More than $1 billion in goods trade crosses the U.S.-Mexico border each day. In 2011 U.S.-Mexico good and service trade reached a major milestone of $500 billion with virtually no recognition.

While media coverage and political conversation about the border, of late, has focused almost exclusively on illegal immigration and drug trade, the great success story of commerce between the United States and Mexico is being overshadowed.

It is time to change the narrative.

That was the message delivered by many at the conference, “Realizing the Economic Strength of Our 21st Century Border: Trade, Education and Jobs,” in Tempe, Ariz., this week. The conference brought together some 250 business leaders, policymakers and educators from both sides of the U.S.-Mexico border to discuss how to strengthen the economic relationship between both countries.

It was sponsored by ASU’s North American Center for Transborder Studies (NACTS) and the U.S. Department of Commerce.

Speakers included several members of Congress and other leaders from both the public and private sector, who all agreed that the economic potential of the U.S.-Mexico partnership has not been fully realized and is poised for even greater growth and success.

“Mexico has an economy the size of Russia and more economic potential than China,” said ASU President Michael Crow. “Yet we have decided to pretend we don’t have a G20 neighbor. Mexico is a powerful economic ally, yet we are purposefully ignorant and we must defeat that.”

The economic value of the U.S.-Mexico partnership for many in the U.S. remains “hidden in plain sight.”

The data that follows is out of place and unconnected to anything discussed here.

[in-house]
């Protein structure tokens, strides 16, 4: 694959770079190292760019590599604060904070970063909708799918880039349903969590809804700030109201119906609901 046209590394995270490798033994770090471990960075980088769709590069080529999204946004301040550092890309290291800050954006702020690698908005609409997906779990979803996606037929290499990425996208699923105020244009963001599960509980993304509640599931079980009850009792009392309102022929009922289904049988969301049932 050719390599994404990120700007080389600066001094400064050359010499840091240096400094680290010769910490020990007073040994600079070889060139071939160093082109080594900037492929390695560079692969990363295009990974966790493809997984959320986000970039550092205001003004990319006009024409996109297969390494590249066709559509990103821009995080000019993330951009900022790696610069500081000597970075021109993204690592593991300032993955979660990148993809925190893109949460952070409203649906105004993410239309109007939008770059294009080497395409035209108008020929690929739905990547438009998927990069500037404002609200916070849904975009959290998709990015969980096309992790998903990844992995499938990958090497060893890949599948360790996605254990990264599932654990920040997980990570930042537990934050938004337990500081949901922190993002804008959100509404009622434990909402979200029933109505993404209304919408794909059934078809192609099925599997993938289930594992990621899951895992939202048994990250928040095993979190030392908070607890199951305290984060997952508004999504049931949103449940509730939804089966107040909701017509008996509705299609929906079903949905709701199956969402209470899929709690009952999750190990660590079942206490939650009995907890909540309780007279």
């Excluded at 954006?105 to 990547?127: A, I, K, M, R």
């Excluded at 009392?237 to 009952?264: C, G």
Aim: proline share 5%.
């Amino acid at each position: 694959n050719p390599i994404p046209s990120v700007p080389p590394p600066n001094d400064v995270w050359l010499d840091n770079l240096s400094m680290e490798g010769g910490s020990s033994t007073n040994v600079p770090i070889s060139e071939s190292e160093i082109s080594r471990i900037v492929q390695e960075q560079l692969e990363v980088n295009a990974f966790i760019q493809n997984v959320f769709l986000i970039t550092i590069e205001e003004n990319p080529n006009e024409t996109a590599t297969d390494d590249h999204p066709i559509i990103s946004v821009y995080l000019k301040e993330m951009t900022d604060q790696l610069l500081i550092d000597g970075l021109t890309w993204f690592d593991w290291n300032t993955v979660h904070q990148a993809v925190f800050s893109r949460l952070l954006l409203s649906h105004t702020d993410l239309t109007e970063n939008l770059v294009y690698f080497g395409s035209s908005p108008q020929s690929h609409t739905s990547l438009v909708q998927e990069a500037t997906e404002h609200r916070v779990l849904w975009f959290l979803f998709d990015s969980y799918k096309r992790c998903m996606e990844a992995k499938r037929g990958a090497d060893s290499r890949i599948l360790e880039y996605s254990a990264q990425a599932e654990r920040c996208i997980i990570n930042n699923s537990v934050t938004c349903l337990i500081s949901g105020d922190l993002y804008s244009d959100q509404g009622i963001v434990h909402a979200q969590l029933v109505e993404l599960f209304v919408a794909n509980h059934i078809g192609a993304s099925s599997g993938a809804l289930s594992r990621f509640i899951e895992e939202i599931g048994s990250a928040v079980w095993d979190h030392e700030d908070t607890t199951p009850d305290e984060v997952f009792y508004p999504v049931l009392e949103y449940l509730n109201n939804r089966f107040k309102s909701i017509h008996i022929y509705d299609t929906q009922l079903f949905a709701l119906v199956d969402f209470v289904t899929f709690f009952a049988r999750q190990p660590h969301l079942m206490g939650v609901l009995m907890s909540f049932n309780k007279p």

For example:

• U.S. sales to Mexico are larger than all U.S. exports to China, India, Russia and Brazil, combined, as well as all combined sales to Great Britain, France, Belgium and the Netherlands.

• Mexico is the second-largest export market for the U.S. (Canada is first), and the U.S. is the largest global export market for Mexican exports.

• Approximately 6 million U.S. jobs depend on trade with Mexico.

• Mexico’s $349 billion in 2011 exports to the world, on average, contained 37 percent U.S. inputs.

• For every dollar Mexico makes from exporting to the U.S., it will in turn spend 50 cents on U.S. products and services.

• Twenty-two U.S. states count Mexico as their No. 1 or No. 2 export market – states as close to the border as Arizona, California and Texas and as far away as from the border as New Hampshire, Michigan and Ohio.

• Closer to home, the economic impact on Arizona is huge. $11.9 billion in revenue and 111,216 jobs in Arizona rely on trade with Mexico. In addition, Mexican tourists comprise 70 percent of international overnight visitors.

Michael Camuñez, U.S. Assistant Secretary of Commerce, said that as a competitive region the United States, Mexico and Canada are competing against the rest of the world. The countries need to leverage their power, advantage and close proximity.

Camuñez said that for trade to reach its full potential, infrastructure improvements are dire at the U.S. Mexico border, a sentiment echoed by several CEOs of U.S. corporations.